Image Courtesy of Dito Milian of Gotbluemilk Photography.
Bridgestone S20 tire test Part 2
6/28 & 29: Thunderhill Raceway Park, Willows CA
Ambient temps in the 90’s with track temps at 118F
For the second part of the test, I wanted to run the tires after the initial test of 4 sessions with scrub in and suspension/geometry changes to get the chassis set up correctly. For the morning I left the pressure set at 30 rear and 32 front set as cold at 7.00am with ambient temps in the high 50’s.
The goal was to put the tires under some serious duress with a decent A track day pace close to 2 minutes on this 3 mile flowing and rhythmical course. In the first session the tires were scrubbed in and the course evaluated (half the track was covered in oil from a classic car race the weekend prior from T1 to T6). The course was very slippery in the morning so the pace was delayed until the afternoon when the track had been saturated with bikes for 3 hours to get rid of the dust etc and lay some fresh rubber down.
By 2pm the track was ready to go and there was plenty of open track in the last hour. At this point in the day I was approaching 300 miles on the tires at the same track so it was going to be an interesting test given the track conditions. I went in 6 lap bursts to simulate a race pace using 1000cc bike lines with lots of trail braking and heavy acceleration out of the corners.
Trail braking gave consistent grip, with good feel. I didn’t have to go beyond normal aggressive trail braking to make a pass so I cannot comment on the tires ability to cope with that level of duress. Very consistent feel on the sidewall and upper area especially at the release phase of trail braking.
Acceleration was excellent – solid drive grip with no spin at all. That may be due to the point and shoot style of riding a 1000 so throttle on the edge of the tire with 600’s or smaller bikes needs to be tested.
After a very fast in lap, hot pressures were reduced for the next test.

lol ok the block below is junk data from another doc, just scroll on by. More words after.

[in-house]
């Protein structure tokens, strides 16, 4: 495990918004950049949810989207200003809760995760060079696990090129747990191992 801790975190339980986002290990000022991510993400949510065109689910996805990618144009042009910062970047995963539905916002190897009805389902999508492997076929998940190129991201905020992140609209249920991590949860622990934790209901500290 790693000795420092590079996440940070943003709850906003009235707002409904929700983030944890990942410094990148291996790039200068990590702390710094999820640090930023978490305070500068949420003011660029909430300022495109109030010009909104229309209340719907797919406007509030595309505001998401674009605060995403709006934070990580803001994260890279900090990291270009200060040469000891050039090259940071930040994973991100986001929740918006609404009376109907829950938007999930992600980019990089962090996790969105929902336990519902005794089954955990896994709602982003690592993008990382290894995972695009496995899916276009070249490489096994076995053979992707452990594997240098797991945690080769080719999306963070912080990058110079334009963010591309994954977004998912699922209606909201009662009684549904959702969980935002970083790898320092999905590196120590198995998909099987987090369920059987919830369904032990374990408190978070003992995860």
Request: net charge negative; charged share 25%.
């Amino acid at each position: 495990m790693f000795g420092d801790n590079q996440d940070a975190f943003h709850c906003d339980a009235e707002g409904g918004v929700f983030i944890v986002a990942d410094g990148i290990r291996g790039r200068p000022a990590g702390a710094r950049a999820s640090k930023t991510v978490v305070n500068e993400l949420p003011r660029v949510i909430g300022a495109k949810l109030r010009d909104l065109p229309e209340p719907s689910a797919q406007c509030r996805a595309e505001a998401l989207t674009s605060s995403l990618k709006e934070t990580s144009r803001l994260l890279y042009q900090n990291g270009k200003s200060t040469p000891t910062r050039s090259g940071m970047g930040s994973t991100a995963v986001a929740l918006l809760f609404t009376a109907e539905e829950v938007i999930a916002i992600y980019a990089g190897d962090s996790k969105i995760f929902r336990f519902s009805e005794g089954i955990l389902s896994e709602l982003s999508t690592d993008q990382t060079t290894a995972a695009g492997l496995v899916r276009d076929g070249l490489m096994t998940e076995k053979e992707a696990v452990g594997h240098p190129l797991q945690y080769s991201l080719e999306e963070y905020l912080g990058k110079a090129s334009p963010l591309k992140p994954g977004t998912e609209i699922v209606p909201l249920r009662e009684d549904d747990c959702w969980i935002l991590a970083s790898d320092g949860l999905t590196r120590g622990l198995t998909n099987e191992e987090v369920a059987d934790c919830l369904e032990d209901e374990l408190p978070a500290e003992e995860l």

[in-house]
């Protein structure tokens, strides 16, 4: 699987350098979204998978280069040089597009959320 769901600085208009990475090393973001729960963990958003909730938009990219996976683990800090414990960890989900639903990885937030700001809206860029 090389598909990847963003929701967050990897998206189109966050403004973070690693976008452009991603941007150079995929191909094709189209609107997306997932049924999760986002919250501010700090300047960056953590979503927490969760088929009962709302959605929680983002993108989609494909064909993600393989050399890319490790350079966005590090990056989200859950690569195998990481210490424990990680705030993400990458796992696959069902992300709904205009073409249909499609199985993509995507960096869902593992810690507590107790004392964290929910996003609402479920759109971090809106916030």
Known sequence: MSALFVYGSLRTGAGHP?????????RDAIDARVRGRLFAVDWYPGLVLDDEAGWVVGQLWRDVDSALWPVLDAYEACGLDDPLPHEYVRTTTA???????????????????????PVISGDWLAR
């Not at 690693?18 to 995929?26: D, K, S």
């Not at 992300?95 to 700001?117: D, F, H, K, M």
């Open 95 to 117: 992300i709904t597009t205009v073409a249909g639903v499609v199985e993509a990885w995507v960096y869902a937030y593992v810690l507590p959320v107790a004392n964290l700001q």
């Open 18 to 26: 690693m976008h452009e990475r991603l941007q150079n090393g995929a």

I decided to drop the hot tire pressure by 2psi to see if I could get a little better feel for the track in general especially during turn in. The tires turned in just the same and certainly gave a lot more information to me but after 4 laps started to feel greasy and that was verified on the last lap with a profound front slide in T2 and a rear tire slide in T6. So at last we had managed to make the tire lose grip. Higher cold pressures therefore are mandatory in warmer climates!
The rear tire while showing excellent wear also started to show the left side becoming shaved/flat spotted in the acceleration area. It did effect turn in nor did I feel the rear flop onto that area of the tire (it doesn’t show clearly in the pictures of the rear tire).
– I am still amazed that after 1/2 a lap the tire feels like it is ready to go. Don’t do that of course and finish a couple of laps or 10-15 miles on the street before you get enthusiastic.
– the tires give prolonged feel and grip that doesn’t change
– the tires are pressure sensitive and 30 rear 32 front would be a good minimum starting point. As always, find pressures that work for you, your bike, track or road and your riding style.
– tire feel with the soft carcass but firm sidewall gives lots of feedback to let you know what is going on underneath you
– I’d choose these over the BT 003RS and the venerable BT 016 in a heart beat!
What a great tire and to be honest a complete surprise to me. Once the chassis and suspension were set, the S20’s made me want to ride.
Front tire, end of test:
Rear tire end of 2 days:
On track narrated video’s from the tire test are here:
Part 1: http://youtu.be/D5bA19e98u4
Part 2: http://youtu.be/2EhMX14Q6X4